Instead, it should also encompass trickier areas such as regional politics and thorny governance issues. Closer and more active American cooperation and participation in efforts in the Sahel, rather than just assistance to bolster counterterrorism efforts, could help accomplish several key goals. It can create greater pressure and impetus for UN Security Council support for political efforts, as well as necessary political reform and a push for longstanding goals such as the fuller implementation of the Algiers peace agreement for Mali. American experience (and lessons learned from serious mistakes) in other conflict zones can help inform these political approaches in the Sahel.
Additionally, in the rush to participate more actively in French-led operations like Task Force Takuba, some European officials have privately expressed concerns about being pulled too far into ostensibly “multilateral” initiatives that often remain dominated by France, or guided by the weight of French policy and influence in the region. A more active American political presence could help provide not just support, but at times a necessary counterweight to these concerns. It would also help maintain the promised focus on political solutions that is an important part of American stabilisation doctrine.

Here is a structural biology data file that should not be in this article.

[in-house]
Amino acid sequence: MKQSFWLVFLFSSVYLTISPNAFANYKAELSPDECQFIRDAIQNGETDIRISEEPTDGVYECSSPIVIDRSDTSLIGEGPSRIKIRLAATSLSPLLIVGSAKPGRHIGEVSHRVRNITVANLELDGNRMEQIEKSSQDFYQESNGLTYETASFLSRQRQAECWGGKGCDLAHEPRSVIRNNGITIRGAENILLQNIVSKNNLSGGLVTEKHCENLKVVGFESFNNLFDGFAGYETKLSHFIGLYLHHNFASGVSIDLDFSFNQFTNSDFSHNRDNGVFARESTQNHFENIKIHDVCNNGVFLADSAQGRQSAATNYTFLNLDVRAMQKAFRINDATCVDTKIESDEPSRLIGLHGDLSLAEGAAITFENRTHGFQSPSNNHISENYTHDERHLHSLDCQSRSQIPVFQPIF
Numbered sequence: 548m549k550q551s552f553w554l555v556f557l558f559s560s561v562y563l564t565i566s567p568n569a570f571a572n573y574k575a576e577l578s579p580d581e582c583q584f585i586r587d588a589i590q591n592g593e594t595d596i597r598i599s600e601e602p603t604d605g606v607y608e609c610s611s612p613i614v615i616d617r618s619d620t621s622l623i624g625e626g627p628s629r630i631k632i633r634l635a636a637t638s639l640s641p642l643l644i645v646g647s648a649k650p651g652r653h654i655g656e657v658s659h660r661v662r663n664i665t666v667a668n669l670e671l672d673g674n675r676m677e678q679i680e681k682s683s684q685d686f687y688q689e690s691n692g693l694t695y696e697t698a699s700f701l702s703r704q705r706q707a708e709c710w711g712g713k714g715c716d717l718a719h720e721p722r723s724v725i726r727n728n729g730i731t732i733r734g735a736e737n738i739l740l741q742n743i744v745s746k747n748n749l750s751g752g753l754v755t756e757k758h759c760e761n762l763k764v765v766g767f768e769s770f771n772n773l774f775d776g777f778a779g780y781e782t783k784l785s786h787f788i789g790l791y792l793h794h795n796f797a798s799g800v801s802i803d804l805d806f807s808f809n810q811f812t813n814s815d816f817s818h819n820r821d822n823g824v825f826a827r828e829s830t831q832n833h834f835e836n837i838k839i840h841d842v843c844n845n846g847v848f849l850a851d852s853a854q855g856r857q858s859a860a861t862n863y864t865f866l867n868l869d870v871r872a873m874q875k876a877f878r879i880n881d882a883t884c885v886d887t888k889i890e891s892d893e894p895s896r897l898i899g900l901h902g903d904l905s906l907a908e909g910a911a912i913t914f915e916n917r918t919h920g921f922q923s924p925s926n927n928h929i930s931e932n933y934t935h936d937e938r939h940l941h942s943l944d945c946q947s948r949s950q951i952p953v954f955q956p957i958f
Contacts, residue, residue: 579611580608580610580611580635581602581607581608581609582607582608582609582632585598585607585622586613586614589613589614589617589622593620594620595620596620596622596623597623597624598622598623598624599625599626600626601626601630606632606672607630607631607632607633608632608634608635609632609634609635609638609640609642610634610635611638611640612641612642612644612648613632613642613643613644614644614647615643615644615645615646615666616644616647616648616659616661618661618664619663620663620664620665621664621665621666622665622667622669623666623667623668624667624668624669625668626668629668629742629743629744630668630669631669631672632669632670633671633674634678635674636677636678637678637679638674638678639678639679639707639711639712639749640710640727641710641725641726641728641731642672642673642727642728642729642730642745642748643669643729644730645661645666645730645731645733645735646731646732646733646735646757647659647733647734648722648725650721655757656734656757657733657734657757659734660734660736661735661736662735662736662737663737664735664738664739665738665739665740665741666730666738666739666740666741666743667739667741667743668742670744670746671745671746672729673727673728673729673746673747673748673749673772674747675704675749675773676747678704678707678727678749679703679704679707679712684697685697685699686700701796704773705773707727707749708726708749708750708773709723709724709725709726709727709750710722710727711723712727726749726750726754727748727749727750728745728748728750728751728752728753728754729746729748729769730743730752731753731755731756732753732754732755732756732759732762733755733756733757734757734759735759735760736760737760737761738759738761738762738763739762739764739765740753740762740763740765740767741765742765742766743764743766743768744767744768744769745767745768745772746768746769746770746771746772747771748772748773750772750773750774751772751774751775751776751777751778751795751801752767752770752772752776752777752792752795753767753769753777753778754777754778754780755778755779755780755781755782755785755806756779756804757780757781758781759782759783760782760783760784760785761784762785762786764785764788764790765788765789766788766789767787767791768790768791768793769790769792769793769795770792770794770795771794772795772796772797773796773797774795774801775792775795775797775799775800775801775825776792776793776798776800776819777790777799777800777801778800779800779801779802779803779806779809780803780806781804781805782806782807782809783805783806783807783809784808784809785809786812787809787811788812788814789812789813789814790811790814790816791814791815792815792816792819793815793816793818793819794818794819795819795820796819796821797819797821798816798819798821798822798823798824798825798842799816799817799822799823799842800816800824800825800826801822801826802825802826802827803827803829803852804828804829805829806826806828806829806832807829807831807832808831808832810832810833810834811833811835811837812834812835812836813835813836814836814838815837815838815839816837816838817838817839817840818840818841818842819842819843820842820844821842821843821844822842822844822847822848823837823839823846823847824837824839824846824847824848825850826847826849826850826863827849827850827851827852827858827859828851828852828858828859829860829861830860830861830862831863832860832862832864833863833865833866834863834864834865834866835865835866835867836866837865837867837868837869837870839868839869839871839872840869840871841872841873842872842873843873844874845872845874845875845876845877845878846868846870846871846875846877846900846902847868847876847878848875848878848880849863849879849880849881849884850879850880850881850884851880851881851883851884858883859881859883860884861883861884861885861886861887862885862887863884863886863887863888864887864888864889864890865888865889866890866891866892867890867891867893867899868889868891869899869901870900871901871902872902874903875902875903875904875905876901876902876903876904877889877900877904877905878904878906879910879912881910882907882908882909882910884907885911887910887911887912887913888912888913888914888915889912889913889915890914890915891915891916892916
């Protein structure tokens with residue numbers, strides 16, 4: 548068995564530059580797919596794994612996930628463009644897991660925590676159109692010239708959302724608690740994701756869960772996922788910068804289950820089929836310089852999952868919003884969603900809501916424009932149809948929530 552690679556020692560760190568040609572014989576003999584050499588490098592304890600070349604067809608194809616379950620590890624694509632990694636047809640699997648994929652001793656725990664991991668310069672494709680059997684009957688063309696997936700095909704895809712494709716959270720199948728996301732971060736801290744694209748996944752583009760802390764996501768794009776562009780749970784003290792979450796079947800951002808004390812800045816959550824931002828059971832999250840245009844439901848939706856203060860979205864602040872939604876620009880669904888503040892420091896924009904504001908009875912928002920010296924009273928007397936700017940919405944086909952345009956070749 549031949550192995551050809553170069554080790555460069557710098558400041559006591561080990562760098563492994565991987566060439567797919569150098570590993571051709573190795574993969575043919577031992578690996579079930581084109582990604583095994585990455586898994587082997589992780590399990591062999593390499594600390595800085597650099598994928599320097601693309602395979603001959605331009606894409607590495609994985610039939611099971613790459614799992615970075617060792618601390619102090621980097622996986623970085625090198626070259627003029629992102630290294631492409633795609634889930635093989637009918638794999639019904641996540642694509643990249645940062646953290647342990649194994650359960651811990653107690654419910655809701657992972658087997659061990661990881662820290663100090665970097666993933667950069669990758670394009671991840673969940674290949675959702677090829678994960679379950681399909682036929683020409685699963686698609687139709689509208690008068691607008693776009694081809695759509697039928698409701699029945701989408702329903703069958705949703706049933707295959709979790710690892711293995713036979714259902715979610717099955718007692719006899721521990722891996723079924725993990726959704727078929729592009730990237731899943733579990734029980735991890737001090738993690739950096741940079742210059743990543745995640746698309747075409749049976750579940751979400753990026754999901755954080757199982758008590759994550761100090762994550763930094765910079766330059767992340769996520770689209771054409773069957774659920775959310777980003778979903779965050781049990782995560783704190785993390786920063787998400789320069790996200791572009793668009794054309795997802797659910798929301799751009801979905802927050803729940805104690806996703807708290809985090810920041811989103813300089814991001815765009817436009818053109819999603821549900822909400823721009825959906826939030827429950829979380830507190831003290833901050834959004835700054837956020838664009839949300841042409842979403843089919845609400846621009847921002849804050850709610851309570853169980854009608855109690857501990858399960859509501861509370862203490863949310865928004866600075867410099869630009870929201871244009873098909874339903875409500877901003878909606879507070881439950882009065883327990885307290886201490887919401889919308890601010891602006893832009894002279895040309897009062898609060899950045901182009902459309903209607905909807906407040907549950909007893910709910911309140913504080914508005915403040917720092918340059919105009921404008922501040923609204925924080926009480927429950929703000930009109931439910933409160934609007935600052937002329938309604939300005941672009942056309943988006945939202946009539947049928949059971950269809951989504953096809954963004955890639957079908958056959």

In his remarks to the Atlantic Council, Macron described strategic autonomy as a way of relieving a foreign policy burden on the US, especially in parts of the world such as Africa and the Middle East that are “neighbours” to Europe, rather than the US. But, in the Sahel, the US could relieve France not just of some of the military burden, but the political burden as well. The US could help the international community chart a much-needed new strategy in the region while continuing to deepen the Franco-American relationship.
The European Council on Foreign Relations does not take collective positions. ECFR publications only represent the views of its individual authors.